(© HKU Press, 1965)
As long as one is employing concepts, as long as our mind is split, every such concept is subject to the Double Negative (Shen Hui, A.D. 686-760) or the Theory of Double Truth (Chi Tsang, A.D. 549-623), that is to say that noumenally it neither is nor is not, but the moment whole-mind is invoked there is no longer a question of dual counterparts, of a perpetual regression; for instance 'total phenomenal absence is total noumenal presence' (total disappearance of being is total appearance of non-being) no longer need imply some 'thing' beyond dual concepts.
It no longer need imply noumenally that neither either is or is not, but states that both, thus, absolutely are. Phenomena are Noumenon, Noumenon is phenomena, being becomes empty and emptiness becomes being - as the early sages expressed it - so that what is dual is not dual, and what is not dual is dual.
Expressed otherwise, once the statement is understood split-mind is no longer objectivising by means of dual concepts: the process of objectivising is transcended, functioning has returned to the source and whole-mind is functioning directly.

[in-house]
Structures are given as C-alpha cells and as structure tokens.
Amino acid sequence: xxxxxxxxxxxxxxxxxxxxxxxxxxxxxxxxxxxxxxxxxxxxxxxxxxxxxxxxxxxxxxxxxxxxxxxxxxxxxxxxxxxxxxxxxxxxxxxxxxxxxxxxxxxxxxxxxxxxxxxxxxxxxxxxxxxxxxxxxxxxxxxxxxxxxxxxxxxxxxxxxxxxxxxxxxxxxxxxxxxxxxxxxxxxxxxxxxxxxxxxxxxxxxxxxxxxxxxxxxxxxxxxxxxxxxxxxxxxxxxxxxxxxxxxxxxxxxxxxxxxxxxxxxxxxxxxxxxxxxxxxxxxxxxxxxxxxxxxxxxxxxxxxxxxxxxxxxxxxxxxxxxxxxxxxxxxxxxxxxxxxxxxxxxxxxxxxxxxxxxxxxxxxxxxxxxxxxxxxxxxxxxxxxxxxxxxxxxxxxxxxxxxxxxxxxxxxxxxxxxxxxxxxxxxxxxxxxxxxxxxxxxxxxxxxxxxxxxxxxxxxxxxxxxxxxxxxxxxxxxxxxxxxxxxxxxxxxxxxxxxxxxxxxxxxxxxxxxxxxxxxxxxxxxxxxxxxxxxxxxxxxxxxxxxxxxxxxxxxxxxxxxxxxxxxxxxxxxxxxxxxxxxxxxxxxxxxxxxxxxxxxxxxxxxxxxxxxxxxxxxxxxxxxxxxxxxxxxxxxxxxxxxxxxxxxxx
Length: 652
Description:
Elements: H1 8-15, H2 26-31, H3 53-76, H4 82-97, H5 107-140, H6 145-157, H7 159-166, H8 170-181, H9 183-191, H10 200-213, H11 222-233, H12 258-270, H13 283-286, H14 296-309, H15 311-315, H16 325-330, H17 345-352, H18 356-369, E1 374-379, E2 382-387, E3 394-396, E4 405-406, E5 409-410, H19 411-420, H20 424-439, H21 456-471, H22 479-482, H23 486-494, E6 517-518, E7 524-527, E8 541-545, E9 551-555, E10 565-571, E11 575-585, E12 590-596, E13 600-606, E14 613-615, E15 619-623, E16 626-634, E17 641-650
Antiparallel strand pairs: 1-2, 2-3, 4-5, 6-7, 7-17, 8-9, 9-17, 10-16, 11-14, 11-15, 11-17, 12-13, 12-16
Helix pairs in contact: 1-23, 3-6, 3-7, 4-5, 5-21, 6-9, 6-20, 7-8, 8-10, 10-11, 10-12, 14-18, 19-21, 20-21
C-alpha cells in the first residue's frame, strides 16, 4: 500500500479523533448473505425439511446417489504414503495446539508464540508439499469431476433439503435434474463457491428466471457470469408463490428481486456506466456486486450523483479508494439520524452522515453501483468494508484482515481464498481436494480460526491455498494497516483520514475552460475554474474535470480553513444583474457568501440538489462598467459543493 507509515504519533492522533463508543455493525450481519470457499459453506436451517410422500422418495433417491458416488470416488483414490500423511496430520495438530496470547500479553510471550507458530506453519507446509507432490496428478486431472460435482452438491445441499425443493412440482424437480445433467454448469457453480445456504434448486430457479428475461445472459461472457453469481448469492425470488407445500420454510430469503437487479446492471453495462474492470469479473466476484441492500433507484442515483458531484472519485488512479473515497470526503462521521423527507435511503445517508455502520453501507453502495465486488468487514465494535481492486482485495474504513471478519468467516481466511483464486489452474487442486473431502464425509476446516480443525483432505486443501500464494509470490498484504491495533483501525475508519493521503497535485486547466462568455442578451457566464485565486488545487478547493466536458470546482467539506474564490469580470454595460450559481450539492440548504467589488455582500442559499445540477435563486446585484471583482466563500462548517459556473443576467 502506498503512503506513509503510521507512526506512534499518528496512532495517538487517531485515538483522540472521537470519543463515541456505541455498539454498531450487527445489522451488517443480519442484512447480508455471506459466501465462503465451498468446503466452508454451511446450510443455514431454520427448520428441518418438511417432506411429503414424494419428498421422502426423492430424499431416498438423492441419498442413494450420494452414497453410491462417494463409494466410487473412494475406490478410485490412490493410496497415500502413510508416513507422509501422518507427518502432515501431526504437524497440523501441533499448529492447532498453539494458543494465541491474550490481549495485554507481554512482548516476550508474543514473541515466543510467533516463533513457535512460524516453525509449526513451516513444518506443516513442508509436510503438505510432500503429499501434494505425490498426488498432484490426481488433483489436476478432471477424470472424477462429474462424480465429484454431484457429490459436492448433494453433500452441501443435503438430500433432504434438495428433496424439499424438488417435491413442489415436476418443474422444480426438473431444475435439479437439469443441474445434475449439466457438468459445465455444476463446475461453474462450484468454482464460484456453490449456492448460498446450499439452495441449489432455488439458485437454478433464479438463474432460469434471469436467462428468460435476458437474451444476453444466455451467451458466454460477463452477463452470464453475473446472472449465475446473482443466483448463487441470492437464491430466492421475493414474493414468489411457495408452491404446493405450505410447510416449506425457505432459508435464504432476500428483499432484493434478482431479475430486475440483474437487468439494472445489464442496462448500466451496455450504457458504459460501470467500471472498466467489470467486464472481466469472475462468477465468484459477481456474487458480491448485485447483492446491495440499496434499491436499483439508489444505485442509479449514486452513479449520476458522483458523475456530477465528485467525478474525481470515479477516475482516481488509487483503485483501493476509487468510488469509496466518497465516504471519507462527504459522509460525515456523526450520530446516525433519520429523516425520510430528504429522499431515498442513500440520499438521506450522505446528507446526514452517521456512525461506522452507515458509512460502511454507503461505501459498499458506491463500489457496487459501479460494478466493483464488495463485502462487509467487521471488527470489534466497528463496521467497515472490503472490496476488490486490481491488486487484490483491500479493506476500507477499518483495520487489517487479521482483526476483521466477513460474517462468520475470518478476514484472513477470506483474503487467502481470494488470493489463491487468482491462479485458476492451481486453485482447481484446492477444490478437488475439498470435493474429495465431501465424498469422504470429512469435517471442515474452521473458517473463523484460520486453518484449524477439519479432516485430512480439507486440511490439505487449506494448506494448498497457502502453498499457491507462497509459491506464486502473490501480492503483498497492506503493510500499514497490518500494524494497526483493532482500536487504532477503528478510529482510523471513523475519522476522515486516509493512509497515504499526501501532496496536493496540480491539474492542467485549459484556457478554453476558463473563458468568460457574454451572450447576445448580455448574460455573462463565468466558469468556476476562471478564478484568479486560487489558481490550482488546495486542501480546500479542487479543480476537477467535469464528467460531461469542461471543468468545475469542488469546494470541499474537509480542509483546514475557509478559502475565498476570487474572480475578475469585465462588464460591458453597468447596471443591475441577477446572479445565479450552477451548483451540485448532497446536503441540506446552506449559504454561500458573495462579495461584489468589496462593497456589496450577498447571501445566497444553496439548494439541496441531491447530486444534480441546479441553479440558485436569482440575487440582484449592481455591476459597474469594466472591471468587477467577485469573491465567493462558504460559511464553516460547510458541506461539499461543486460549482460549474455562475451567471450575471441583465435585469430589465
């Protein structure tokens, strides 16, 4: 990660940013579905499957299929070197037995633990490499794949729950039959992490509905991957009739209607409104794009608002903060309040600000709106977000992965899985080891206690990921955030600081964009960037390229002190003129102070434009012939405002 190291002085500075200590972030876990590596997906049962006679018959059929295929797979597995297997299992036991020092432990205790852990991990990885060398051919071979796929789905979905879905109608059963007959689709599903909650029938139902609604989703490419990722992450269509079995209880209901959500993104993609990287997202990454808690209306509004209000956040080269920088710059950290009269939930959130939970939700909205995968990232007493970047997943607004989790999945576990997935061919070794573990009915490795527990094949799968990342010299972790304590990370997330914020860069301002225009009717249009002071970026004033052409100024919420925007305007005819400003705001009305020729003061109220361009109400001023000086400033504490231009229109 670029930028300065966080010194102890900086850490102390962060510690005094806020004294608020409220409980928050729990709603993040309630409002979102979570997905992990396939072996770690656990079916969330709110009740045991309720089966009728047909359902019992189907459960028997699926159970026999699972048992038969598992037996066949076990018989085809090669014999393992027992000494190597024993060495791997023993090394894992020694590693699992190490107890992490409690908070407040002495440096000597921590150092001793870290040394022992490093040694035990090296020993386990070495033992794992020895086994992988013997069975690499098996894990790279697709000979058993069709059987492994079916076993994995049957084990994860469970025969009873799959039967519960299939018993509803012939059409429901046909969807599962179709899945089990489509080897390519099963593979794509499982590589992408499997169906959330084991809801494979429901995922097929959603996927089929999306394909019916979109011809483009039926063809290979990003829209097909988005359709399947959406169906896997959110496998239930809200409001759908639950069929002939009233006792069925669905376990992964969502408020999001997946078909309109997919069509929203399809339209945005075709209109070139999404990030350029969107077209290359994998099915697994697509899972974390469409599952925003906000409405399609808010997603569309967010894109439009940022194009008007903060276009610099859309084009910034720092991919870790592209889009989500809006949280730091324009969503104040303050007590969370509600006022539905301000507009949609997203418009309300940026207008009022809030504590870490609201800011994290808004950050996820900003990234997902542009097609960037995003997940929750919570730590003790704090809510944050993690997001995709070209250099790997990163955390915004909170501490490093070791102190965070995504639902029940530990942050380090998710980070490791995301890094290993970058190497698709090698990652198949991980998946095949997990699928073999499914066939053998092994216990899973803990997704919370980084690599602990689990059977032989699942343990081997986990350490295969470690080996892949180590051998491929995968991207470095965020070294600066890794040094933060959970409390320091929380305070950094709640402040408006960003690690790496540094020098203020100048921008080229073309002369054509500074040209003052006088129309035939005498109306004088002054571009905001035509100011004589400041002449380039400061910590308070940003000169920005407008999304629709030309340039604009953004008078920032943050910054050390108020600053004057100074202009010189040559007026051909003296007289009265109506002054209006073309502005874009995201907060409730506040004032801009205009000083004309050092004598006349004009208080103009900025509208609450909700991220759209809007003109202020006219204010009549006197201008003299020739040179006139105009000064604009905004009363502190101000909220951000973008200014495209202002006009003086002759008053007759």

Total noumenal presence and total phenomenal absence are ONE as they stand: never can they be two, there is no beyond; whatever a logician may maintain semantically, this statement is final and states the absolute in so far as that can be stated.
Semantically there appear to remain five concepts - 'noumenal and phenomenal', 'presence and absence' and 'one'. That is so - as long as there is an entity, or supposed entity, objectifying these concepts, i.e., occupied in conceiving objects. As such they are not - 'it is the mind, not the flag or the wind, that causes the apparent movement'. (Hui Neng) But there is no such entity, the supposed entity has vanished: impersonal 'mind' - whole-mind which objectively is not - the source, which is not objectively, which, therefore, is neither 'noumenal nor phenomenal', 'present or absent', nor 'one' (which also is an objective concept), which is pure and total non-objectivity, alone is in question.
Philosophically this is indicated by saying that all that we are is the absence of our phenomenal absence, i.e., the absence of an I-entity, an 'ens', to conceive our phenomenal absence.
Note: The moment the subsistent notion of any entity is abolished, whole-mind alone remains, the pseudo-centre which unceasingly objectivises is automatically abandoned, and mind may be said to reintegrate its source.
Phenomena may be said to be Noumenon objectifying itself, or Noumenon may be regarded as Subject objectifying itself as phenomena, neither phenomena nor Noumenon having any objective existence.